Monday, 27 January 2020

Rare Roman Aureus found at Mount Zion

In 2017 archaeological excavations at Mount Zion in Jerusalem for the first time discovered a gold coin bearing the likeness of Roman Emperor Nero. The coin had been struck in either 56 and 57 AD. The gold coin (aureus) bears the portrait of the younger Nero as Caesar.

The coin would have been minted a little more than a decade before the city of Jerusalem was destroyed by the Romans in 70 AD. The archaeologists hypothesized that the gold coin was part of a Jewish store of wealth, amassed before their mansions were razed – along with the rest of the city – by Titus and the Roman legions.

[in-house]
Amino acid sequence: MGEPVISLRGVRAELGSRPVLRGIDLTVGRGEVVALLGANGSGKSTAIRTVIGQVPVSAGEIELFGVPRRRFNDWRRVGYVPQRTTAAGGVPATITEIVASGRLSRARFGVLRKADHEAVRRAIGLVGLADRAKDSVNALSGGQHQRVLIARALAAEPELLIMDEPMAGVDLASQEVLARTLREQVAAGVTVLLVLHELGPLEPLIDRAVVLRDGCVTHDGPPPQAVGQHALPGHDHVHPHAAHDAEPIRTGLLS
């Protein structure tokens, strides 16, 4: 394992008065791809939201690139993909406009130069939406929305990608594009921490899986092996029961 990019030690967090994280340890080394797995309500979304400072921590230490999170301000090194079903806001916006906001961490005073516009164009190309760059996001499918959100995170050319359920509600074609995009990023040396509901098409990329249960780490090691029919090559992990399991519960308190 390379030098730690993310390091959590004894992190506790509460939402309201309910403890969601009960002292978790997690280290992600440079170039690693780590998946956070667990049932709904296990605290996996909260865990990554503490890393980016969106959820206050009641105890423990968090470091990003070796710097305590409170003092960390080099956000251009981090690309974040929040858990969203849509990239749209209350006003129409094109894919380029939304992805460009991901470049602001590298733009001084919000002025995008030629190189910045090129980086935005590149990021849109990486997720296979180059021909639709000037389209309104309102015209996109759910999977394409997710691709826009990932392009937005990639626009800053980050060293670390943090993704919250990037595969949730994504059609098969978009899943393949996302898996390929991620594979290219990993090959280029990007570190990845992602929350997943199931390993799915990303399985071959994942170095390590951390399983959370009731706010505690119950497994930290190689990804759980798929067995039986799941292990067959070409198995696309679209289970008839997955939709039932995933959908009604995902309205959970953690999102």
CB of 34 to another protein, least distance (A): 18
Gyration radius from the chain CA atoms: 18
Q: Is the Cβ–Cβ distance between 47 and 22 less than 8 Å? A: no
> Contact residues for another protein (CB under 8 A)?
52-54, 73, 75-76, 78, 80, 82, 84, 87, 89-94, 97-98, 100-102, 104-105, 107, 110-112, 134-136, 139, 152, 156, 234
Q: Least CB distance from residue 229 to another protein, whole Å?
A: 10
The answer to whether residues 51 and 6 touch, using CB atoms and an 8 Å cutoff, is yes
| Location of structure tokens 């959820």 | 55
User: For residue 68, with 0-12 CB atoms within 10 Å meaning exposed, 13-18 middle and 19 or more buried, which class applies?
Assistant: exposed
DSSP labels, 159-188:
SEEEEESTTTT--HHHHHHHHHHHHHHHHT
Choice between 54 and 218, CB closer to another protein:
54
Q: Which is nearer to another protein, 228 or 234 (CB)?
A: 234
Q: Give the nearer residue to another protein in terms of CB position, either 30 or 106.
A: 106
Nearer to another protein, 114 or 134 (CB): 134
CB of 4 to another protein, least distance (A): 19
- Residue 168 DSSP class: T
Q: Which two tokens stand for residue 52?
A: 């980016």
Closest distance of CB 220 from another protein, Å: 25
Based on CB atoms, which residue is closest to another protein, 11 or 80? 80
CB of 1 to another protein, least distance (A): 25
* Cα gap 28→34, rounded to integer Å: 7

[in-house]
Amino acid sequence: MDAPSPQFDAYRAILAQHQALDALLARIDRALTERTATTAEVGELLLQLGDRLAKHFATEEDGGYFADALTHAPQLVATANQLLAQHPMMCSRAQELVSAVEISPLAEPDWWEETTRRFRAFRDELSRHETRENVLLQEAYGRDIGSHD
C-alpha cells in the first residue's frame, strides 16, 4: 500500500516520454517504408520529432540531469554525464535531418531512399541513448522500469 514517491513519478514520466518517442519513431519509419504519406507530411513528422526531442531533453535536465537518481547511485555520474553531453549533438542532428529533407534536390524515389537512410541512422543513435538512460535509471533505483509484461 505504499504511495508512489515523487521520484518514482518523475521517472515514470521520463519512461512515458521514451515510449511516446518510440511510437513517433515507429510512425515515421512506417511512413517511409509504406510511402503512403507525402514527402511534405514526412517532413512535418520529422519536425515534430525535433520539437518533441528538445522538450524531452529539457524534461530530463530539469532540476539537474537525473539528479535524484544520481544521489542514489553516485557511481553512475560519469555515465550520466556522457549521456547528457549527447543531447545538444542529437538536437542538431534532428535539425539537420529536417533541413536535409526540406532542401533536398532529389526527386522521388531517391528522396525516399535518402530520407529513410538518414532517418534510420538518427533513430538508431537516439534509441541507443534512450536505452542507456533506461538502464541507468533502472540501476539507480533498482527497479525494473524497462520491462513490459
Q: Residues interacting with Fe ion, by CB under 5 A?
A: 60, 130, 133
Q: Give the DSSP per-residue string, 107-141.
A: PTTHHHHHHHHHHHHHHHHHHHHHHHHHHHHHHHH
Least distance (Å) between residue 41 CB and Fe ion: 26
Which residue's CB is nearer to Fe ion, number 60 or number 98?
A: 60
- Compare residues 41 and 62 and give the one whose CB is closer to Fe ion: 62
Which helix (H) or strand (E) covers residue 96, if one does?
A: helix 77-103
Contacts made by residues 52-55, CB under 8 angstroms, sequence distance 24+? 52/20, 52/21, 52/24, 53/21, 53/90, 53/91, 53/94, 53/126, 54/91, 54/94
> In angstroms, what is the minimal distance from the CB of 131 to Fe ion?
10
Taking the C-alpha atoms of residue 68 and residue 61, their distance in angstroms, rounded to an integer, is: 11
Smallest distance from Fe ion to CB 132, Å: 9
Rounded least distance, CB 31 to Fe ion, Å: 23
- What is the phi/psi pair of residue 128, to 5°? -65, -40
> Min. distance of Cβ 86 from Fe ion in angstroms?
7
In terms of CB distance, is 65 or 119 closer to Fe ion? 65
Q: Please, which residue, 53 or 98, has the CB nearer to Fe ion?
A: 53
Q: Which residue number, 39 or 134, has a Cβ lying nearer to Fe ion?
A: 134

The coin was likely hidden prior to the destruction of Jerusalem and simply overlooked by Roman soldiers looting in the aftermath of their demolition.
The Siege of Jerusalem in the year 70 was the decisive event of the First Jewish–Roman War. The destruction of both the first and second temples is still mourned annually as the Jewish fast Tisha B'Av.

The Arch of Titus, celebrating the Roman sack of Jerusalem and the Temple, still stands in Rome.